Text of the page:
Representation and Interaction of Sensorimotor Learning Processes
University of Cambridge
Doctor of Philosophy (PhD)
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Sadeghi, M. (2018). Representation and Interaction of Sensorimotor Learning Processes (Doctoral thesis). https://doi.org/10.17863/CAM.25951
Human sensorimotor control is remarkably adept at utilising contextual information to learn and recall systematic sensorimotor transformations. Here, we investigate the motor representations that underlie such learning, and examine how motor memories acquired based on different contextual information interact. Using a novel three-dimensional robotic manipulandum, the 3BOT, we examined the spatial transfer of learning across various movement directions in a 3D environment, while human subjects performed reaching movements under velocity-dependent force field. The obtained pattern of generalisation suggested that the representation of dynamic learning was most likely defined in a target-based, rather than an extrinsic, coordinate system. We further examined how motor memories interact when subjects adapt to force fields applied in orthogonal dimensions. We found that, unlike opposing fields, learning two spatially orthogonal force fields led to the formation of separate motor memories, which neither interfered with nor facilitated each other. Moreover, we demonstrated a novel, more general aspect of the spontaneous recovery phenomenon using a two-dimensional force field task: when subjects learned two orthogonal force fields consecutively, in the following phase of clamped error feedback, the expression of adaptation spontaneously rotated from the direction of the second force field, towards the direction of the first force field. Finally, we examined the interaction of sensorimotor memories formed based on separate contextual information. Subjects performed reciprocating reaching and object manipulation tasks under two alternating contexts (movement directions), while we manipulated the dynamics of the task in each context separately. The results suggested that separate motor memories were formed for the dynamics of the task in different contexts, and that these motor memories interacted by sharing error signals to enhance learning. Importantly, the extent of interaction was not fixed between the context-dependent motor memories, but adaptively changed according to the task dynamics to potentially improve overall performance. Together, our experimental and theoretical results add to the understanding of mechanisms that underlie sensorimotor learning, and the way these mechanisms interact under various tasks and different dynamics.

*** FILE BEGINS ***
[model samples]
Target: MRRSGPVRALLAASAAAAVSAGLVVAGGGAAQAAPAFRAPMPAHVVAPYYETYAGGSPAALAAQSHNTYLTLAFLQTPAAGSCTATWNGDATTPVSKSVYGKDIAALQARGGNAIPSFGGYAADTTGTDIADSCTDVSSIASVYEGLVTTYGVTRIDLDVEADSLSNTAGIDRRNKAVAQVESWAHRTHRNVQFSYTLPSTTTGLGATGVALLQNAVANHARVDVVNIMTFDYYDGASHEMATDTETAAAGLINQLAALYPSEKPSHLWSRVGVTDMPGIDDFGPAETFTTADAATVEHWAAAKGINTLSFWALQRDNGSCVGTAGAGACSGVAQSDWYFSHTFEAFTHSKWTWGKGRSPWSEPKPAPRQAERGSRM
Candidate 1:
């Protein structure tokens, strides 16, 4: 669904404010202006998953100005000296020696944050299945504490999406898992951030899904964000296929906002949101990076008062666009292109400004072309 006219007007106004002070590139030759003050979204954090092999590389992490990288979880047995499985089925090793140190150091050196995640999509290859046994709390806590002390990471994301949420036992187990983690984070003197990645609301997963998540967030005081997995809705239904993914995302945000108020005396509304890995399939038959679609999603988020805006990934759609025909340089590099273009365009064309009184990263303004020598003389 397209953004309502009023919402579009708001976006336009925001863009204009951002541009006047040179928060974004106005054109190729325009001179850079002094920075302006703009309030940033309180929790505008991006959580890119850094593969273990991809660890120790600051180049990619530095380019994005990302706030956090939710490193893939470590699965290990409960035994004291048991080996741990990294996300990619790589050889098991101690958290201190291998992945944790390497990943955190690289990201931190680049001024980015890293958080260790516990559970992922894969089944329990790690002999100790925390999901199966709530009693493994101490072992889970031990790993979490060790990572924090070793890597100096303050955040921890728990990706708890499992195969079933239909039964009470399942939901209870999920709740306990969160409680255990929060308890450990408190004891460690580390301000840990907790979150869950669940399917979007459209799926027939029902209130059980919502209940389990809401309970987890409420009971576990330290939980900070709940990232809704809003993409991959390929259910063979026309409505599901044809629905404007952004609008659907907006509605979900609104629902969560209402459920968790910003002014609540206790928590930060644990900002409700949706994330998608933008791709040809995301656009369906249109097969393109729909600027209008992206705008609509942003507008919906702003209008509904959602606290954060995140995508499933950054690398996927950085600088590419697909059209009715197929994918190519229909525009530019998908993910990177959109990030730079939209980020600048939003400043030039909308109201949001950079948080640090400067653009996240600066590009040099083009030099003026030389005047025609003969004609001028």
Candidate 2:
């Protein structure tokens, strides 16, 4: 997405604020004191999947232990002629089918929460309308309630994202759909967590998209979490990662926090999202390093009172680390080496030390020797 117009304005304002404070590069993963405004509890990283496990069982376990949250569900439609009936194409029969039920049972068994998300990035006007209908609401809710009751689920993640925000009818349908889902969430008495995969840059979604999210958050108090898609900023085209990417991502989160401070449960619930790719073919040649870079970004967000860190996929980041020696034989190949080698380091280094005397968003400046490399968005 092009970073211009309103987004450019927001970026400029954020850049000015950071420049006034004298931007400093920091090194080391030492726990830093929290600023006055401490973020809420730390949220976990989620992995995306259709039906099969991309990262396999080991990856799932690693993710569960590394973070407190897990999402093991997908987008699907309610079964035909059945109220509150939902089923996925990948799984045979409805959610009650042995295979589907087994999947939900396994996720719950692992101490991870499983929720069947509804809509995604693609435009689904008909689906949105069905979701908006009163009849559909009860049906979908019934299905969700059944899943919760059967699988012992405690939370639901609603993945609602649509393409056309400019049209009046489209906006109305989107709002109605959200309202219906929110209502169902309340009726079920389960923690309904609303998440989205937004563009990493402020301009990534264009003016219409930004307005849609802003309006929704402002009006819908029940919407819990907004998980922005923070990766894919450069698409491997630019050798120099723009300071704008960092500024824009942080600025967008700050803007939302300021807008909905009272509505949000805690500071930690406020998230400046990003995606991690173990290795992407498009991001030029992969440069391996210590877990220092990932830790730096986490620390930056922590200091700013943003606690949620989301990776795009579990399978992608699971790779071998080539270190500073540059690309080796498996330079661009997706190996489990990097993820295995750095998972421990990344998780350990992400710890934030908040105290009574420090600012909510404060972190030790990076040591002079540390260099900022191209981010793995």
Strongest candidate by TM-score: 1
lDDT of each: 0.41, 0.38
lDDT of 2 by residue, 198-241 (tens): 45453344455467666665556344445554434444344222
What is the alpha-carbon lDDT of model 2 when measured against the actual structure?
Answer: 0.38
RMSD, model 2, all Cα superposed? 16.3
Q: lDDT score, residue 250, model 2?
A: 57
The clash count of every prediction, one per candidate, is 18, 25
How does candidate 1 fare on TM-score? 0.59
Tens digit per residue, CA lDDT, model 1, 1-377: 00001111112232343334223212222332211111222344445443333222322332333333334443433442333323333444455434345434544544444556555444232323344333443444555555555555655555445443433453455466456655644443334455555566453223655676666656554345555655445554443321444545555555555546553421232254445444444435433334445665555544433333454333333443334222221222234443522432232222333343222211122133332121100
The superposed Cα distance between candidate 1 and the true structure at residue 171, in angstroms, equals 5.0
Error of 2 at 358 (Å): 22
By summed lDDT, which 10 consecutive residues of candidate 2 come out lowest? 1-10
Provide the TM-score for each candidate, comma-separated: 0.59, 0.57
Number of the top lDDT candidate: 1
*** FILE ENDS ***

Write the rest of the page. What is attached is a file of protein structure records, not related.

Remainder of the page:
Sensorimotor learning, Force field adaptation, Generalisation of learning, Spontaneous recovery, Motor control, Adaptive coupling, Reaching movements, Object manipulation, State-space models, Reciprocal movements
The thesis was funded by Wellcome Trust and the Yousef Jameel scholarship via Cambridge Trust.
This record's DOI: https://doi.org/10.17863/CAM.25951
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